cidr.rb: port of Perl's Net::CIDR v0.11 available

Discussion in 'Ruby' started by Jos Backus, Nov 29, 2006.

  1. Jos Backus

    Jos Backus Guest

    Jos Backus, Nov 29, 2006
    #1
    1. Advertising

  2. Jos Backus

    Dave Burt Guest

    Hi,

    > As an aside: anyone have a port of Net::ping they are willing to share? I'm
    > trying to convert some code (and colleagues!) to Ruby and am running into the
    > "missing libraries" issue...


    Check the RAA (and Rubyforge).

    For ping, there is 'ping' in the standard library, and 'net/ping' on the
    RAA ('gem install net-ping').

    Pat Eyler wrote in May about pushing an ICMP-capable version of net/ping
    into the standard library for 1.8.6.

    Cheers,
    Dave
     
    Dave Burt, Nov 29, 2006
    #2
    1. Advertising

  3. Dave Burt wrote:
    > Hi,
    >
    > > As an aside: anyone have a port of Net::ping they are willing to share? I'm
    > > trying to convert some code (and colleagues!) to Ruby and am running into the
    > > "missing libraries" issue...

    >
    > Check the RAA (and Rubyforge).
    >
    > For ping, there is 'ping' in the standard library, and 'net/ping' on the
    > RAA ('gem install net-ping').
    >
    > Pat Eyler wrote in May about pushing an ICMP-capable version of net/ping
    > into the standard library for 1.8.6.
    >
    > Cheers,
    > Dave


    Indeed, Pat talked to me about possibly including net-ping in the
    standard lib, though it needs a PingICMP class. It could probably
    stand a bit of reorganization, too.

    In fact, I still have some code laying around that Sean Chittenden sent
    to me a long time ago. Maybe it's time to revisit that. :)

    Regards,

    Dan
     
    Daniel Berger, Nov 29, 2006
    #3
  4. Jos Backus

    pat eyler Guest

    On 11/29/06, Daniel Berger <> wrote:
    > Dave Burt wrote:
    > > For ping, there is 'ping' in the standard library, and 'net/ping' on the
    > > RAA ('gem install net-ping').


    ugh! I hate ping.

    > >
    > > Pat Eyler wrote in May about pushing an ICMP-capable version of net/ping
    > > into the standard library for 1.8.6.
    > >
    > > Cheers,
    > > Dave

    >
    > Indeed, Pat talked to me about possibly including net-ping in the
    > standard lib, though it needs a PingICMP class. It could probably
    > stand a bit of reorganization, too.
    >


    I've actually done some work on the code, but it's in need of some
    documentation and a bit more polish. The ICMP ping still needs
    to be integrated as well.

    I just have more ambition than time, talent, and energy. :(

    > In fact, I still have some code laying around that Sean Chittenden sent
    > to me a long time ago. Maybe it's time to revisit that. :)
    >
    > Regards,
    >
    > Dan
    >
    >
    >



    --
    thanks,
    -pate
    -------------------------
    http://on-ruby.blogspot.com
     
    pat eyler, Nov 29, 2006
    #4
  5. Jos Backus

    Jos Backus Guest

    Hi Dave,

    On Wed, Nov 29, 2006 at 05:35:13PM +0900, Dave Burt wrote:
    > Hi,
    >
    > > As an aside: anyone have a port of Net::ping they are willing to share? I'm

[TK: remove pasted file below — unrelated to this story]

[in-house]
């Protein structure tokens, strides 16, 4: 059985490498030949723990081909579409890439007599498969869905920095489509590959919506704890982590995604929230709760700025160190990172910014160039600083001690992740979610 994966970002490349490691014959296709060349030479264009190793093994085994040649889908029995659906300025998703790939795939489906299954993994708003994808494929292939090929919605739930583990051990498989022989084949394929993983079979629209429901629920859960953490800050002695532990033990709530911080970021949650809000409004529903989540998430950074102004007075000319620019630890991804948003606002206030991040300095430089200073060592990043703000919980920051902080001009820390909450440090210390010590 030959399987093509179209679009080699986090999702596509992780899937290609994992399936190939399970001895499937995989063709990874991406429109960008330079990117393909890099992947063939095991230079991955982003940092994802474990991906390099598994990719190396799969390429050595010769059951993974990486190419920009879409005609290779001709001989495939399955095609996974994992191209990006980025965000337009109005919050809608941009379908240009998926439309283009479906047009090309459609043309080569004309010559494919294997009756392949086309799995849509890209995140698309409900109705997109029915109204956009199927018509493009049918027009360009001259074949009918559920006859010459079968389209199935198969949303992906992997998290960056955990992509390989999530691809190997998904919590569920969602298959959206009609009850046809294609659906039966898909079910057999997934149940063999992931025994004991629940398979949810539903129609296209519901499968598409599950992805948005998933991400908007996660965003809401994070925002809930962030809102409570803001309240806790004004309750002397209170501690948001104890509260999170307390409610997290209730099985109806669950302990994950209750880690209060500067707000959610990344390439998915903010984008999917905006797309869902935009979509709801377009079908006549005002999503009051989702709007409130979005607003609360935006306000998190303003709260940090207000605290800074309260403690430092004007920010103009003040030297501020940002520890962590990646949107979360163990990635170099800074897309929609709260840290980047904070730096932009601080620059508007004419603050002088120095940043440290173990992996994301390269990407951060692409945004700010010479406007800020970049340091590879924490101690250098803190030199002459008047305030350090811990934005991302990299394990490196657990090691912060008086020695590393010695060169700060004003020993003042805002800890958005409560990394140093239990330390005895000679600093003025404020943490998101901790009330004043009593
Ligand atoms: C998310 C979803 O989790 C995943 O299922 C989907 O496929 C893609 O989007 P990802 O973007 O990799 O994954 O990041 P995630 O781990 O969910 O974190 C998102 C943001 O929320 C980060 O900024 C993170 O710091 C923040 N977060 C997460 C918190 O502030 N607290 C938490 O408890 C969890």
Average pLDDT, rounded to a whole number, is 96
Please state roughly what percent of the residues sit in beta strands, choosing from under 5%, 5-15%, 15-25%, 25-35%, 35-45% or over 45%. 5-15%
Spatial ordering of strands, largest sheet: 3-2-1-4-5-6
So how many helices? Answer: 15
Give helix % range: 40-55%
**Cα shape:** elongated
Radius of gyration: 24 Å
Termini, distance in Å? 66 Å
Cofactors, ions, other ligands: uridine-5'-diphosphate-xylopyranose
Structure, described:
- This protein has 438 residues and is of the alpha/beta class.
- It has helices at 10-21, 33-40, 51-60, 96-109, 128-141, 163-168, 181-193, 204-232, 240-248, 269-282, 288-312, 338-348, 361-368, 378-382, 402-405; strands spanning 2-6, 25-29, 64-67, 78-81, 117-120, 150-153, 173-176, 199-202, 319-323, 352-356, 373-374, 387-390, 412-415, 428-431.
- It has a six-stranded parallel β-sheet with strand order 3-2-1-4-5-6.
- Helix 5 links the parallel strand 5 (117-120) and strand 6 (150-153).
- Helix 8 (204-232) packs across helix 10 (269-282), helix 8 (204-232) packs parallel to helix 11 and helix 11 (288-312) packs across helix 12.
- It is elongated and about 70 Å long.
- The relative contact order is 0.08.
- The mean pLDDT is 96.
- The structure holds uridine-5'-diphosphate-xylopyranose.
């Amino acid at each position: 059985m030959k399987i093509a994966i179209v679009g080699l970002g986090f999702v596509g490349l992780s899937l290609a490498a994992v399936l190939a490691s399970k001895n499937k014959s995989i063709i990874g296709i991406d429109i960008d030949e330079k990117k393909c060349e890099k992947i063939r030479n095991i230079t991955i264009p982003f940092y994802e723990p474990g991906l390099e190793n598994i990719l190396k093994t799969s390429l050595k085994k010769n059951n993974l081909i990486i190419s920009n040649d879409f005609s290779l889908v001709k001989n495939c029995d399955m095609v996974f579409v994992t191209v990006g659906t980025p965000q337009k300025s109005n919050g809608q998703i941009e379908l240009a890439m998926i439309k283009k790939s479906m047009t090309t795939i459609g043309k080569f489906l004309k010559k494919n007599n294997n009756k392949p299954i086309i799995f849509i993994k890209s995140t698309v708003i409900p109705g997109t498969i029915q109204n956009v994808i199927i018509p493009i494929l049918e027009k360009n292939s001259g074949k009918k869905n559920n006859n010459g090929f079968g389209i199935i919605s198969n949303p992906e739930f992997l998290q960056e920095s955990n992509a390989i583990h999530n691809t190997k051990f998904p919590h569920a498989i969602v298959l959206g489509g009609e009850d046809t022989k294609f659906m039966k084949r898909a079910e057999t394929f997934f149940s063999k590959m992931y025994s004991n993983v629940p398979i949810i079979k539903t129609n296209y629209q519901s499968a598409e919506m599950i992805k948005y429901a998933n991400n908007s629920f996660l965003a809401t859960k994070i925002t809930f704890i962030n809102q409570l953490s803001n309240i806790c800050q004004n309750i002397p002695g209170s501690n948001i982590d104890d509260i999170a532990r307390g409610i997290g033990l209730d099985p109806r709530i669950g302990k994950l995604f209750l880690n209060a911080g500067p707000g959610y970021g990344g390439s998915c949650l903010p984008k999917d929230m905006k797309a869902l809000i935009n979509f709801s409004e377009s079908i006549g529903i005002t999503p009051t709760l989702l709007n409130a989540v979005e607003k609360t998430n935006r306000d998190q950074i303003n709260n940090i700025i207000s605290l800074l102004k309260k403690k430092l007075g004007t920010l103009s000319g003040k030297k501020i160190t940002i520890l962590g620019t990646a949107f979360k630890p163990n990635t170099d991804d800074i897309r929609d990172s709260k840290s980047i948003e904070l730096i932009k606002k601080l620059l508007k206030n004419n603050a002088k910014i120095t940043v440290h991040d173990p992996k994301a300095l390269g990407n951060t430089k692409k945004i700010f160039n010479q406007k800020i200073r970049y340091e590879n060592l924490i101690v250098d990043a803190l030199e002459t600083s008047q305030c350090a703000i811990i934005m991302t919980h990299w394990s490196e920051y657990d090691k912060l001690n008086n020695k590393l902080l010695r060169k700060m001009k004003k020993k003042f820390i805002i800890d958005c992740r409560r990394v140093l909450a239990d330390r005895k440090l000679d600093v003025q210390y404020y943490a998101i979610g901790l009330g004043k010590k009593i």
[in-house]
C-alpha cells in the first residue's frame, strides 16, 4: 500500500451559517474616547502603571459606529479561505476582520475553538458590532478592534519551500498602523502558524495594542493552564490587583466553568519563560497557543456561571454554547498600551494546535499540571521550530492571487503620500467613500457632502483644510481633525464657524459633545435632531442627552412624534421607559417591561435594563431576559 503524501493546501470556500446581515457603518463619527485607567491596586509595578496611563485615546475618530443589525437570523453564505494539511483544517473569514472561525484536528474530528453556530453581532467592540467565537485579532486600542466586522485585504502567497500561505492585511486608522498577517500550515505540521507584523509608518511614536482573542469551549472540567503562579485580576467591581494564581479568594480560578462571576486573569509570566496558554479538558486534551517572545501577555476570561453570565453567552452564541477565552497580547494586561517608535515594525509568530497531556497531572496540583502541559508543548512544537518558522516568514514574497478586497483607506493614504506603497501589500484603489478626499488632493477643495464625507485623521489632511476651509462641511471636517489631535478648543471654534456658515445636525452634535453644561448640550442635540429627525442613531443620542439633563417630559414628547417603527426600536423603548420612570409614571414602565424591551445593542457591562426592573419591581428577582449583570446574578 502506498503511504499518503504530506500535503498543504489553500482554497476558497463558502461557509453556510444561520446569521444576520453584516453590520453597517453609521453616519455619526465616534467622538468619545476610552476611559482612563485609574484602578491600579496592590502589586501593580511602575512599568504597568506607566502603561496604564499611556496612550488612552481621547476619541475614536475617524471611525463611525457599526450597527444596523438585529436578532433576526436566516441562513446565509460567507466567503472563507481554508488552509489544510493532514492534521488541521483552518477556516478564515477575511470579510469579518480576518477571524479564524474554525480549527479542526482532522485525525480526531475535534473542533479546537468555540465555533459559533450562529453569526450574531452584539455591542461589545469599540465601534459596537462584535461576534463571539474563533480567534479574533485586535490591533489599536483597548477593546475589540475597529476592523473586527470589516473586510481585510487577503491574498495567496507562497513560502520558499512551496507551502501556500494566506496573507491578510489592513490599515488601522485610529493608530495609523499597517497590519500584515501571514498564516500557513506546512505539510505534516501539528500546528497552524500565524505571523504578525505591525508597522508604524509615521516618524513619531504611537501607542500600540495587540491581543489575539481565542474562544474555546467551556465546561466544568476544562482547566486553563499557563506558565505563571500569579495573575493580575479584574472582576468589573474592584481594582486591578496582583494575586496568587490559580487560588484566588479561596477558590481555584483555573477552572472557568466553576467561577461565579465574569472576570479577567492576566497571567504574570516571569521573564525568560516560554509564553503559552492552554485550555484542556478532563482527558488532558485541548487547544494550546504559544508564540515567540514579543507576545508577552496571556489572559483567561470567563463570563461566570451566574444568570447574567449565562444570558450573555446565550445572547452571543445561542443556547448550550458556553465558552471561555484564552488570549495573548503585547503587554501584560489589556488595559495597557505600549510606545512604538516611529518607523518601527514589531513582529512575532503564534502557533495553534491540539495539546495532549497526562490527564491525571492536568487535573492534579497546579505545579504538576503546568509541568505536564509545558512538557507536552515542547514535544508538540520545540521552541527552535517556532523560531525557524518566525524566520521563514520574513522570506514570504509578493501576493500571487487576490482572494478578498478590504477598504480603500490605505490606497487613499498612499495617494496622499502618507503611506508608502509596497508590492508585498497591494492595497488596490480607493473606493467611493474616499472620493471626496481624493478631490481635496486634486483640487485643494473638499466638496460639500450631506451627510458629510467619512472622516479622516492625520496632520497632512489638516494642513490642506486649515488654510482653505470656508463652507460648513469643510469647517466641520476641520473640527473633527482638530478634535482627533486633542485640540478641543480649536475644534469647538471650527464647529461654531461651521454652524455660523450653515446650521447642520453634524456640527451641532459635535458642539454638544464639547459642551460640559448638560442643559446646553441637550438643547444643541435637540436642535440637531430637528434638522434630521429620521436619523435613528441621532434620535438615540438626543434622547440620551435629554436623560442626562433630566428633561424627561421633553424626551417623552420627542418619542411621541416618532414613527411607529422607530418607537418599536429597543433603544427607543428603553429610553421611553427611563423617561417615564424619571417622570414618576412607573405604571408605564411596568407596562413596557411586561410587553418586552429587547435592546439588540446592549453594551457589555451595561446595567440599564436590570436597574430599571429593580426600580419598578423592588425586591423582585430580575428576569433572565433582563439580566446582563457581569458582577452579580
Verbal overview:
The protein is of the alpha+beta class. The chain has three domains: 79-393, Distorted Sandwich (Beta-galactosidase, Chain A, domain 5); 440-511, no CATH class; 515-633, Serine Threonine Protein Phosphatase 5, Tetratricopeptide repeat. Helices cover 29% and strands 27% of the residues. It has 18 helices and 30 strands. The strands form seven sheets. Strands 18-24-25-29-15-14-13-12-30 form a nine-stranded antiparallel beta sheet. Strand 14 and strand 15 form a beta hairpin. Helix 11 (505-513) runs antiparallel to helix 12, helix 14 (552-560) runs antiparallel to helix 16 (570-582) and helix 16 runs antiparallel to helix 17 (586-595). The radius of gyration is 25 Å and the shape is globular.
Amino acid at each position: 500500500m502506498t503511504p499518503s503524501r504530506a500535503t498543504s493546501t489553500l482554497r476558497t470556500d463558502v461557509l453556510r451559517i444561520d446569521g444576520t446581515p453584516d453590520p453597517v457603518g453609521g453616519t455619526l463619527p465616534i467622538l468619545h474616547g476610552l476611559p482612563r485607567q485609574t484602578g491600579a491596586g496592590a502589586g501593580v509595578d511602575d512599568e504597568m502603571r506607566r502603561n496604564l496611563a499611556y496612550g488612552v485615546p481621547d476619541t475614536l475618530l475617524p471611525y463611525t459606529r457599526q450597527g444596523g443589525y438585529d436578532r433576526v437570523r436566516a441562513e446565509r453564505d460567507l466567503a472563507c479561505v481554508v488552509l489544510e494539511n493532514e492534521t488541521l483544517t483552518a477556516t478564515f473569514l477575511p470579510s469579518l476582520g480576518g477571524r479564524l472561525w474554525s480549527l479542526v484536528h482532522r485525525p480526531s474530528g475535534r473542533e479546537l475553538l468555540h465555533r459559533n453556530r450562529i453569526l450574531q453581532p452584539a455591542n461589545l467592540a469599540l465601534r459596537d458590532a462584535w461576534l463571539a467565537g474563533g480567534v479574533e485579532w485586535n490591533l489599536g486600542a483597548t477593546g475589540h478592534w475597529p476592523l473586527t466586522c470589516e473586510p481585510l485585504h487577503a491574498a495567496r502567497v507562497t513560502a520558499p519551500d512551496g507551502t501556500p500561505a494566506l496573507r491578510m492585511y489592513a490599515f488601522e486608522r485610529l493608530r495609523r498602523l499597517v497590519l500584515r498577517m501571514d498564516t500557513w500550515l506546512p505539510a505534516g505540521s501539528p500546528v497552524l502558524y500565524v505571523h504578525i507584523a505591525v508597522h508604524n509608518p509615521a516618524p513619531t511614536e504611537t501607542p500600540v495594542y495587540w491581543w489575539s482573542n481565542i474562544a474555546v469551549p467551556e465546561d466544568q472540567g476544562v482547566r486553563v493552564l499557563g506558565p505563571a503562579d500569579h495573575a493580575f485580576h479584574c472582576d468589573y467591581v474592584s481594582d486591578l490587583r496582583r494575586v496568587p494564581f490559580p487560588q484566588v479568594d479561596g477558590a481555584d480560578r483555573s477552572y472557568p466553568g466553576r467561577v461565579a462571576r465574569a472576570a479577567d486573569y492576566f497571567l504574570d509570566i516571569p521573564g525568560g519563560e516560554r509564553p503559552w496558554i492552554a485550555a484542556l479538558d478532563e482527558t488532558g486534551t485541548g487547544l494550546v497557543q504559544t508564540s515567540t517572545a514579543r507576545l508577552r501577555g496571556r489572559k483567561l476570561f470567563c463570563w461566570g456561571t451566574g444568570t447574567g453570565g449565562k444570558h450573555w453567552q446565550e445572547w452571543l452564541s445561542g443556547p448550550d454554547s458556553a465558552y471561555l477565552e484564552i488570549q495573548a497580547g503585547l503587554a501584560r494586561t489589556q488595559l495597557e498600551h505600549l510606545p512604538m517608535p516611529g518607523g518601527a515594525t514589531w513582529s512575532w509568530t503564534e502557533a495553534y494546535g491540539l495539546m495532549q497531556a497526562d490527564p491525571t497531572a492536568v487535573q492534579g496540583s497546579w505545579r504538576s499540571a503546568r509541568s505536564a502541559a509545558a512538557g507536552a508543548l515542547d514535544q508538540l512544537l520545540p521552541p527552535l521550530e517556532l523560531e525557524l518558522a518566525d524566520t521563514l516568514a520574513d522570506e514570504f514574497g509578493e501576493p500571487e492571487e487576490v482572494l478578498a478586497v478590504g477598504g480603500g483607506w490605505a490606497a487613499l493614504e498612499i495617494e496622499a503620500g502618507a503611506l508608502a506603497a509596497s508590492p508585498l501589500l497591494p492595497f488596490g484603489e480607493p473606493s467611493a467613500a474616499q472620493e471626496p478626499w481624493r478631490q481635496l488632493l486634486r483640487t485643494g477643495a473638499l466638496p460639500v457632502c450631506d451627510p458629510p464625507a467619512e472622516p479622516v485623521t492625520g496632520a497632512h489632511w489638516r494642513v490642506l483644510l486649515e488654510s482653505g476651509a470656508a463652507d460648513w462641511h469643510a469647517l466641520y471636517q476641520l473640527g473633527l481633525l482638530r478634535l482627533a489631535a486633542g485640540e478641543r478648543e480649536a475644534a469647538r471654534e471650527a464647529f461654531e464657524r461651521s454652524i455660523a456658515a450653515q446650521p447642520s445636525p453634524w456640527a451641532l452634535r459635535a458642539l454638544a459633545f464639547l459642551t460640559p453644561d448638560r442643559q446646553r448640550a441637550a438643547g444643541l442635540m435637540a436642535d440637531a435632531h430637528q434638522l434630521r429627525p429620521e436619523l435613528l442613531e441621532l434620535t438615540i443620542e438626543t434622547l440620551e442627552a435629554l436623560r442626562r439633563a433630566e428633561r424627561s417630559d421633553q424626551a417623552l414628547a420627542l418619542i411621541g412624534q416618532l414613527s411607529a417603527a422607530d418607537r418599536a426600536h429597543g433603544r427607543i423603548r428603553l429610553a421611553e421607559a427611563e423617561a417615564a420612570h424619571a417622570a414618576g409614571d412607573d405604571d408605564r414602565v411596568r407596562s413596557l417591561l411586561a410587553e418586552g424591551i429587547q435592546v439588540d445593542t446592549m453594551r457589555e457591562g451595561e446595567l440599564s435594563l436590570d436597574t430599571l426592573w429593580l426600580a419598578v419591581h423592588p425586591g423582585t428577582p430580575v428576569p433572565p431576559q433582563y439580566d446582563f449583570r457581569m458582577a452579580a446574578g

> > trying to convert some code (and colleagues!) to Ruby and am running into the
    > > "missing libraries" issue...

    >
    > Check the RAA (and Rubyforge).
    >
    > For ping, there is 'ping' in the standard library, and 'net/ping' on the
    > RAA ('gem install net-ping').


    I'm aware of those but they lack some features the Perl version has. Notably
    ICMP support and returning timing information.

    It would also be nice for there to be a single Net::ping class, just like the
    Perl version provides, wrapping/hiding the specialized classes. That seems
    like an easy addition.

    > Pat Eyler wrote in May about pushing an ICMP-capable version of net/ping
    > into the standard library for 1.8.6.


    /me crosses fingers...

    Cheers,
    --
    Jos Backus
    jos at catnook.com
     
    Jos Backus, Nov 29, 2006
    #5
  6. Jos Backus

    Dave Burt Guest

    pat eyler wrote:
    >> Dave Burt wrote:
    >> > For ping, there is 'ping' in the standard library, and 'net/ping' on

    >> the
    >> > RAA ('gem install net-ping').

    >
    > ugh! I hate ping.
    >
    > On 11/29/06, Daniel Berger <> wrote:
    >> Indeed, Pat talked to me about possibly including net-ping in the
    >> standard lib, though it needs a PingICMP class. It could probably
    >> stand a bit of reorganization, too.

    >
    > I've actually done some work on the code, but it's in need of some
    > documentation and a bit more polish. The ICMP ping still needs
    > to be integrated as well.
    >
    > I just have more ambition than time, talent, and energy. :(


    It sounds simple enough for a Ruby Quiz. Then we'd have not two, but a
    dozen versions, possibly including a Net::ping-interfaced one for Jos!

    Dave
     
    Dave Burt, Nov 29, 2006
    #6
  7. On Nov 29, 2006, at 3:25 PM, Dave Burt wrote:

    > pat eyler wrote:
    >>> Dave Burt wrote:
    >>>> For ping, there is 'ping' in the standard library, and 'net/
    >>>> ping' on
    >>> the
    >>>> RAA ('gem install net-ping').

    >>
    >> ugh! I hate ping.
    >>
    >> On 11/29/06, Daniel Berger <> wrote:
    >>> Indeed, Pat talked to me about possibly including net-ping in the
    >>> standard lib, though it needs a PingICMP class. It could probably
    >>> stand a bit of reorganization, too.

    >>
    >> I've actually done some work on the code, but it's in need of some
    >> documentation and a bit more polish. The ICMP ping still needs
    >> to be integrated as well.
    >>
    >> I just have more ambition than time, talent, and energy. :(

    >
    > It sounds simple enough for a Ruby Quiz. Then we'd have not two, but a
    > dozen versions, possibly including a Net::ping-interfaced one for Jos!


    I'm a huge fan of using the Ruby Quiz to improve libraries like
    this. I'm a Ping Dummy, so you guys put your heads together and
    write up something that explains the goals and if I can understand
    them, we've got a winner.